An important exception to the Act is that it does not relieve any company or any business-owner from the obligation to pay their employees. The COVID-19 (Temporary Measures) (Temporary Relief for Inability to Perform Contracts) Regulations 2020 contains an express carve-out for employees. As such, whilst as a company or business-owner you may be experiencing cash-flow issues due to your inability to progress works on a construction project and/or the statutory moratorium preventing you from enforcing favourable determinations against your employer or main contractor, you must still ensure that you pay the salaries due to your employees. You may have to consider external financing to tide you over this period, or alternatively, cost-cutting measures. Our colleagues have also previously commented on the Unity, Resilience, and Solidarity budgets and the government support that may be available to you.
If you are considering cost-cutting measures, you must ensure that you treat your employees fairly. You cannot unfairly discriminate against local employees, and you must serve the Ministry of Manpower with the relevant mandatory notifications within 1 week after you have implemented these measures. If you have foreign employees or if you are a foreign director of a company and you wish to voluntarily take no-pay leave to support your company during this time, you must also notify the Ministry.
Force majeure and frustration
Apart from the moratorium, you may also wish to consider whether the impact of COVID-19 on your inability to perform a contract constitutes a force majeure event or has frustrated your performance of the contract. Whether or not you can rely on the force majeure clause to suspend your performance depends on the precise wordings of the clause, which generally will have to be strictly interpreted. Whether it can be said that COVID-19 has frustrated your performance of your obligations under your contract is also fact-sensitive and you will have to consider these carefully. These considerations also apply to cross-border contracts or those governed by foreign law and if relevant may absolve you of liability for your inability to perform your obligations timeously and/or for any liquidated or other damages that you may otherwise be liable for.
The heightened criteria for bankruptcy and winding-up applications
Part 3 of the Act temporarily modifies the provisions of the Bankruptcy Act and Companies Act which relate to bankruptcy and corporate insolvency. It should also be noted in passing that the Act goes further so as to provide for a presumption that any debt incurred by a person or a company that is in the ordinary course of their business during the prescribed period was not incurred fraudulently.
The general position under the law prior to the Act is that a bankruptcy application can be filed by or against an individual and a company if the individual owes an undisputed debt of not less than S$15,000 and in the case of a company, an undisputed debt of more than S$10,000 and if the individual or company have failed to satisfy a statutory demand for that debt before the expiry of the statutory demand (i.e. three weeks).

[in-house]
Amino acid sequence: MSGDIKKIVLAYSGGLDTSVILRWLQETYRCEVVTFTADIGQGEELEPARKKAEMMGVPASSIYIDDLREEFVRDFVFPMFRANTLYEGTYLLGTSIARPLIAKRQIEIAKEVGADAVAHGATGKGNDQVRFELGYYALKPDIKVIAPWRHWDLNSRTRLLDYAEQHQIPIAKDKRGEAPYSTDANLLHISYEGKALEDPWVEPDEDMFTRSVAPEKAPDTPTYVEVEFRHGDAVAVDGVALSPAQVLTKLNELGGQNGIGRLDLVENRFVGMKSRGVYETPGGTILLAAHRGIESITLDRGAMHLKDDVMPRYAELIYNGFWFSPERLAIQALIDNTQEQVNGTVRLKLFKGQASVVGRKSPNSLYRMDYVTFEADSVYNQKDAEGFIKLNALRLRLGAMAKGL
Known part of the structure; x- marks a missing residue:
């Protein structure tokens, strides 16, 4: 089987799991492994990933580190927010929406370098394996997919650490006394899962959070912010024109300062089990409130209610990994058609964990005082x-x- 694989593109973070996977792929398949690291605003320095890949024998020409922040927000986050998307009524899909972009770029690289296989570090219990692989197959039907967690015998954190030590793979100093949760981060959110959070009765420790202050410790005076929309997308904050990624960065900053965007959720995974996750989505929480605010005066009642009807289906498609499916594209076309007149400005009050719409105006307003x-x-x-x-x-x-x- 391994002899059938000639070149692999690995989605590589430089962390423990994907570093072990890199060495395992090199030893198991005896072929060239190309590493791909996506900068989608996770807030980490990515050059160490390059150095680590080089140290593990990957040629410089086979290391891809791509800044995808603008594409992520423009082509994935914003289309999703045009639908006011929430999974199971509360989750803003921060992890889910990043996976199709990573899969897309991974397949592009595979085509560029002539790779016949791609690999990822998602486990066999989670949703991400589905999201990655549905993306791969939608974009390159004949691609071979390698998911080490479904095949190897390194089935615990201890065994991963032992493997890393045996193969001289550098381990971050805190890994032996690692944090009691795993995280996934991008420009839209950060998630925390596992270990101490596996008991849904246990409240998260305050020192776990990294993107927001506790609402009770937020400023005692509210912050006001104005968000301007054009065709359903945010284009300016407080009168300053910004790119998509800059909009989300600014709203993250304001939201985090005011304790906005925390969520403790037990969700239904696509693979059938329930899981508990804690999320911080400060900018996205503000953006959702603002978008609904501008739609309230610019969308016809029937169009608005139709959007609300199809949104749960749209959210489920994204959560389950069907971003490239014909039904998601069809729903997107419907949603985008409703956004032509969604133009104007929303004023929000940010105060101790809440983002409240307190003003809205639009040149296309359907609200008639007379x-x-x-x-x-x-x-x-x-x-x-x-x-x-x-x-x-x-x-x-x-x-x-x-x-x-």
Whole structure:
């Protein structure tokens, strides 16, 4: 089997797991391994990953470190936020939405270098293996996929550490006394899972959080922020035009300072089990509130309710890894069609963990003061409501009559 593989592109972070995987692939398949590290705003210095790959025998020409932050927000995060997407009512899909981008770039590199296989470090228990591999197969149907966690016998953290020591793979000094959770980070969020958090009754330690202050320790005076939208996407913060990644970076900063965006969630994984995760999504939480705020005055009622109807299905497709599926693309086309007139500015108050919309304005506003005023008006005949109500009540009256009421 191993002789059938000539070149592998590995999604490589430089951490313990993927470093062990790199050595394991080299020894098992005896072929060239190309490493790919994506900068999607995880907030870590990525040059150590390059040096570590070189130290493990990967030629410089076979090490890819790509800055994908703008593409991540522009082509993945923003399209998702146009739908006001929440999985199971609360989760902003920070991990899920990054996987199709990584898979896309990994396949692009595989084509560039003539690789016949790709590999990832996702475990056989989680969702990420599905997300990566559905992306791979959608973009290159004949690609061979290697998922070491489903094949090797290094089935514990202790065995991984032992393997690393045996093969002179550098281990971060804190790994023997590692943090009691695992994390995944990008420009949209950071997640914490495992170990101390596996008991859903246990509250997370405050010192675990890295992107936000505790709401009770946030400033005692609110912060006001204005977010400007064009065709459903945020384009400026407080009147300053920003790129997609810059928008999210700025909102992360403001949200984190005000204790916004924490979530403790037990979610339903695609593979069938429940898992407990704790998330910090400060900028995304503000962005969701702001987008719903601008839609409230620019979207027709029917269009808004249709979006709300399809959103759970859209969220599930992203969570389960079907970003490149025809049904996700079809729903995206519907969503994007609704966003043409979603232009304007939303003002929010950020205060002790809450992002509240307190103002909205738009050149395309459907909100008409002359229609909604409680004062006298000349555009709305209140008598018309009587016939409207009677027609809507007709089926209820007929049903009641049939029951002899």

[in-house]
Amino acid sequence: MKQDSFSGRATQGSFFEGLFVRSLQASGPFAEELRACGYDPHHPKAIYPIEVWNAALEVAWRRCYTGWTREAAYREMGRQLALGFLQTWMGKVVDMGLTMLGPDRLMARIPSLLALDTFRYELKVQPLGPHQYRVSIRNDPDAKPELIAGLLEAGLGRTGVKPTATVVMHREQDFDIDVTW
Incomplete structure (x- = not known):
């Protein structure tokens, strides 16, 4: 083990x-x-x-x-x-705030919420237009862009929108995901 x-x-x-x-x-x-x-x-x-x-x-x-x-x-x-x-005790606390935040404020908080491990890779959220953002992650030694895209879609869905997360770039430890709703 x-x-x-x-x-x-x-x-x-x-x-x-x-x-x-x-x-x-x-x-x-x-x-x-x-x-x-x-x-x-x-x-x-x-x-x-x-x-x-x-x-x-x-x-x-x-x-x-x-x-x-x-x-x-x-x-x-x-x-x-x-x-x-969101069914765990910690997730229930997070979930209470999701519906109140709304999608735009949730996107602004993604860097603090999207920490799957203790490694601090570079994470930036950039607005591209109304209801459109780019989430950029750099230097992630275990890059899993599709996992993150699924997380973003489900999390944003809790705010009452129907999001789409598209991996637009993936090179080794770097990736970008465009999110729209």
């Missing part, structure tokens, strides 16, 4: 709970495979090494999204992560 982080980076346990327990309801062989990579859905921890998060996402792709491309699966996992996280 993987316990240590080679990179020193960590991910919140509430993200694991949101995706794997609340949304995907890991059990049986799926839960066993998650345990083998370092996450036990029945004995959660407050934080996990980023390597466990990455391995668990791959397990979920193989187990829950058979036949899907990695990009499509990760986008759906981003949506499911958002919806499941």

However, with the Act now in force, for the duration of the prescribed period, the threshold debt for individuals is now not less than S$60,000 and for companies, and more than S$100,000, with the statutory demand only expiring and forming a basis of a creditor’s bankruptcy or winding-up application after 6 months have passed from effective service. As noted above, the prescribed period is a period of 6 months commencing on 20 April 2020, and may be shortened or extended by the Minister for Law.
Disclaimer: This update is provided to you for general information and should not be relied upon as legal advice.
CNPLaw’s Construction Lawyers
For contentious matters, Jimmy’s primary focus is on Adjudication (Building and Construction) under the Security of Payment Act, and International Arbitration. He was cited by AsiaLaw Leading Lawyers 2008 as one of the legal experts in the Asia-Pacific region in the areas of Dispute Resolution, and Construction & Property.
Daphne is an associate in the firm’s Dispute Resolution team. Her main area of focus is in contentious work, and her past experience in this area encompasses civil, corporate, and commercial disputes across the construction, investment, telecommunication, food and beverage, real estate, and entertainment sectors
Our construction team is familiar with all sectors of the construction and engineering industry, including energy, infrastructure and development. We are able to provide a full range of legal support for construction-related issues. Our dispute resolution lawyers are familiar not only with the applicable regulations and laws, but also the local practices unique to this industry.